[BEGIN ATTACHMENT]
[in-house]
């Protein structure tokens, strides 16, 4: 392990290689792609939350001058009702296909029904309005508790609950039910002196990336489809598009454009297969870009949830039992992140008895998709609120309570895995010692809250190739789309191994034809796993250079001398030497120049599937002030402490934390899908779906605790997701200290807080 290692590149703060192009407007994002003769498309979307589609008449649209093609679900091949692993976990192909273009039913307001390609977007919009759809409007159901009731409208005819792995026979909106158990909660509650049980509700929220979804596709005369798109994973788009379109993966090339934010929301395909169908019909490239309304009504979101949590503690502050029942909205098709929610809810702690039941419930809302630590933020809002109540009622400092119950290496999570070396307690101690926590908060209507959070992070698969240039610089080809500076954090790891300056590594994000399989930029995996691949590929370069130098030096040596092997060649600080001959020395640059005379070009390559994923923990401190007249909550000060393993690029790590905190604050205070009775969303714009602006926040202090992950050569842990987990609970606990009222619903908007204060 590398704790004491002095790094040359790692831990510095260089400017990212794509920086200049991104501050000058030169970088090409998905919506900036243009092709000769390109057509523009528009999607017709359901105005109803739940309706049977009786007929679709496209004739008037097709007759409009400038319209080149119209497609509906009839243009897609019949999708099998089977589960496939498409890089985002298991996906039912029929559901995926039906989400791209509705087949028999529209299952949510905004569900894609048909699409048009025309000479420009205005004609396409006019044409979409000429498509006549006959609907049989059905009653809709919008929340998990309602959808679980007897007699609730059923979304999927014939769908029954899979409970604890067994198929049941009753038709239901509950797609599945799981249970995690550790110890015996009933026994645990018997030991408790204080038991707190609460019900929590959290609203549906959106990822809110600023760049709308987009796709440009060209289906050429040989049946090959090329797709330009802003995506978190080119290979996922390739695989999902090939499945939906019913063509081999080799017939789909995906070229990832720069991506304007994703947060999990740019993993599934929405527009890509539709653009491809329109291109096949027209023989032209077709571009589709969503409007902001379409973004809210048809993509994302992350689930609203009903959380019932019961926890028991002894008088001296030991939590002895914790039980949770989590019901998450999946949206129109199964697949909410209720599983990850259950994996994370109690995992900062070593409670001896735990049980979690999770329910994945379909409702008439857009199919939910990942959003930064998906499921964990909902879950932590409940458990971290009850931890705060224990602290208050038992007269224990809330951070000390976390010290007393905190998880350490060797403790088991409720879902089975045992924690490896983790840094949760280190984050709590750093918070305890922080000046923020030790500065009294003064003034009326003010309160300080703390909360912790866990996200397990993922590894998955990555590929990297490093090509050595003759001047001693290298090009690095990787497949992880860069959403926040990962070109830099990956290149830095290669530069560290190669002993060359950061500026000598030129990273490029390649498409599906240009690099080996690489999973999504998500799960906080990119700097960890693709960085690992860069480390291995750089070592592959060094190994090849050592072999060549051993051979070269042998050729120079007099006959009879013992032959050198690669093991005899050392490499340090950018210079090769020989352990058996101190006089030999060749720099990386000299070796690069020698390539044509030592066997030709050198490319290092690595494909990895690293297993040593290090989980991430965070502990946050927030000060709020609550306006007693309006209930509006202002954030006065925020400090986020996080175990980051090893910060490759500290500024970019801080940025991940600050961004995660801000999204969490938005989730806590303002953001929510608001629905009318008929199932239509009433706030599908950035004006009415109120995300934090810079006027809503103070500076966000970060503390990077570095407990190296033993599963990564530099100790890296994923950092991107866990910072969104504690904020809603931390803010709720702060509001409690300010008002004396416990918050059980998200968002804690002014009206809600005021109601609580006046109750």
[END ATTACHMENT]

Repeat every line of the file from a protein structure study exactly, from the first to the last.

[in-house]
């Protein structure tokens, strides 16, 4: 392990290689792609939350001058009702296909029904309005508790609950039910002196990336489809598009454009297969870009949830039992992140008895998709609120309570895995010692809250190739789309191994034809796993250079001398030497120049599937002030402490934390899908779906605790997701200290807080 290692590149703060192009407007994002003769498309979307589609008449649209093609679900091949692993976990192909273009039913307001390609977007919009759809409007159901009731409208005819792995026979909106158990909660509650049980509700929220979804596709005369798109994973788009379109993966090339934010929301395909169908019909490239309304009504979101949590503690502050029942909205098709929610809810702690039941419930809302630590933020809002109540009622400092119950290496999570070396307690101690926590908060209507959070992070698969240039610089080809500076954090790891300056590594994000399989930029995996691949590929370069130098030096040596092997060649600080001959020395640059005379070009390559994923923990401190007249909550000060393993690029790590905190604050205070009775969303714009602006926040202090992950050569842990987990609970606990009222619903908007204060 590398704790004491002095790094040359790692831990510095260089400017990212794509920086200049991104501050000058030169970088090409998905919506900036243009092709000769390109057509523009528009999607017709359901105005109803739940309706049977009786007929679709496209004739008037097709007759409009400038319209080149119209497609509906009839243009897609019949999708099998089977589960496939498409890089985002298991996906039912029929559901995926039906989400791209509705087949028999529209299952949510905004569900894609048909699409048009025309000479420009205005004609396409006019044409979409000429498509006549006959609907049989059905009653809709919008929340998990309602959808679980007897007699609730059923979304999927014939769908029954899979409970604890067994198929049941009753038709239901509950797609599945799981249970995690550790110890015996009933026994645990018997030991408790204080038991707190609460019900929590959290609203549906959106990822809110600023760049709308987009796709440009060209289906050429040989049946090959090329797709330009802003995506978190080119290979996922390739695989999902090939499945939906019913063509081999080799017939789909995906070229990832720069991506304007994703947060999990740019993993599934929405527009890509539709653009491809329109291109096949027209023989032209077709571009589709969503409007902001379409973004809210048809993509994302992350689930609203009903959380019932019961926890028991002894008088001296030991939590002895914790039980949770989590019901998450999946949206129109199964697949909410209720599983990850259950994996994370109690995992900062070593409670001896735990049980979690999770329910994945379909409702008439857009199919939910990942959003930064998906499921964990909902879950932590409940458990971290009850931890705060224990602290208050038992007269224990809330951070000390976390010290007393905190998880350490060797403790088991409720879902089975045992924690490896983790840094949760280190984050709590750093918070305890922080000046923020030790500065009294003064003034009326003010309160300080703390909360912790866990996200397990993922590894998955990555590929990297490093090509050595003759001047001693290298090009690095990787497949992880860069959403926040990962070109830099990956290149830095290669530069560290190669002993060359950061500026000598030129990273490029390649498409599906240009690099080996690489999973999504998500799960906080990119700097960890693709960085690992860069480390291995750089070592592959060094190994090849050592072999060549051993051979070269042998050729120079007099006959009879013992032959050198690669093991005899050392490499340090950018210079090769020989352990058996101190006089030999060749720099990386000299070796690069020698390539044509030592066997030709050198490319290092690595494909990895690293297993040593290090989980991430965070502990946050927030000060709020609550306006007693309006209930509006202002954030006065925020400090986020996080175990980051090893910060490759500290500024970019801080940025991940600050961004995660801000999204969490938005989730806590303002953001929510608001629905009318008929199932239509009433706030599908950035004006009415109120995300934090810079006027809503103070500076966000970060503390990077570095407990190296033993599963990564530099100790890296994923950092991107866990910072969104504690904020809603931390803010709720702060509001409690300010008002004396416990918050059980998200968002804690002014009206809600005021109601609580006046109750």